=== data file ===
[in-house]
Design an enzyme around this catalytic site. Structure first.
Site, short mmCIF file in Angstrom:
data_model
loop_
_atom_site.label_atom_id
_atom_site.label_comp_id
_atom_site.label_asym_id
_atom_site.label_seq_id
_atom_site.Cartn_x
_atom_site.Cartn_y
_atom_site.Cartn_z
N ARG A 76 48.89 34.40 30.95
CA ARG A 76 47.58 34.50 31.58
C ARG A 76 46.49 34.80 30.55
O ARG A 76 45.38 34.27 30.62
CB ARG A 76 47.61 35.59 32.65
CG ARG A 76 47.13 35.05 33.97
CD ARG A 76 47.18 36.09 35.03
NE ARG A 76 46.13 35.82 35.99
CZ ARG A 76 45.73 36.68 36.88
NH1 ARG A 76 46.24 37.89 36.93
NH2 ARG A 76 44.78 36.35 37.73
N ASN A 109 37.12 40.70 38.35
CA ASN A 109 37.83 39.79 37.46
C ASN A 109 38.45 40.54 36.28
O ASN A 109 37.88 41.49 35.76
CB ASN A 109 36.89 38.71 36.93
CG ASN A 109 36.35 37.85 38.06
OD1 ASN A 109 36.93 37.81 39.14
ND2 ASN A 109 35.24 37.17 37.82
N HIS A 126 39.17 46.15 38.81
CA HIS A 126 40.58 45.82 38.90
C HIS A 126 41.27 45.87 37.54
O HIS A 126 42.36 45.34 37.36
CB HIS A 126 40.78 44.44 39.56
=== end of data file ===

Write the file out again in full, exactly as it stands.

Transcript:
[in-house]
Design an enzyme around this catalytic site. Structure first.
Site, short mmCIF file in Angstrom:
data_model
loop_
_atom_site.label_atom_id
_atom_site.label_comp_id
_atom_site.label_asym_id
_atom_site.label_seq_id
_atom_site.Cartn_x
_atom_site.Cartn_y
_atom_site.Cartn_z
N ARG A 76 48.89 34.40 30.95
CA ARG A 76 47.58 34.50 31.58
C ARG A 76 46.49 34.80 30.55
O ARG A 76 45.38 34.27 30.62
CB ARG A 76 47.61 35.59 32.65
CG ARG A 76 47.13 35.05 33.97
CD ARG A 76 47.18 36.09 35.03
NE ARG A 76 46.13 35.82 35.99
CZ ARG A 76 45.73 36.68 36.88
NH1 ARG A 76 46.24 37.89 36.93
NH2 ARG A 76 44.78 36.35 37.73
N ASN A 109 37.12 40.70 38.35
CA ASN A 109 37.83 39.79 37.46
C ASN A 109 38.45 40.54 36.28
O ASN A 109 37.88 41.49 35.76
CB ASN A 109 36.89 38.71 36.93
CG ASN A 109 36.35 37.85 38.06
OD1 ASN A 109 36.93 37.81 39.14
ND2 ASN A 109 35.24 37.17 37.82
N HIS A 126 39.17 46.15 38.81
CA HIS A 126 40.58 45.82 38.90
C HIS A 126 41.27 45.87 37.54
O HIS A 126 42.36 45.34 37.36
CB HIS A 126 40.78 44.44 39.56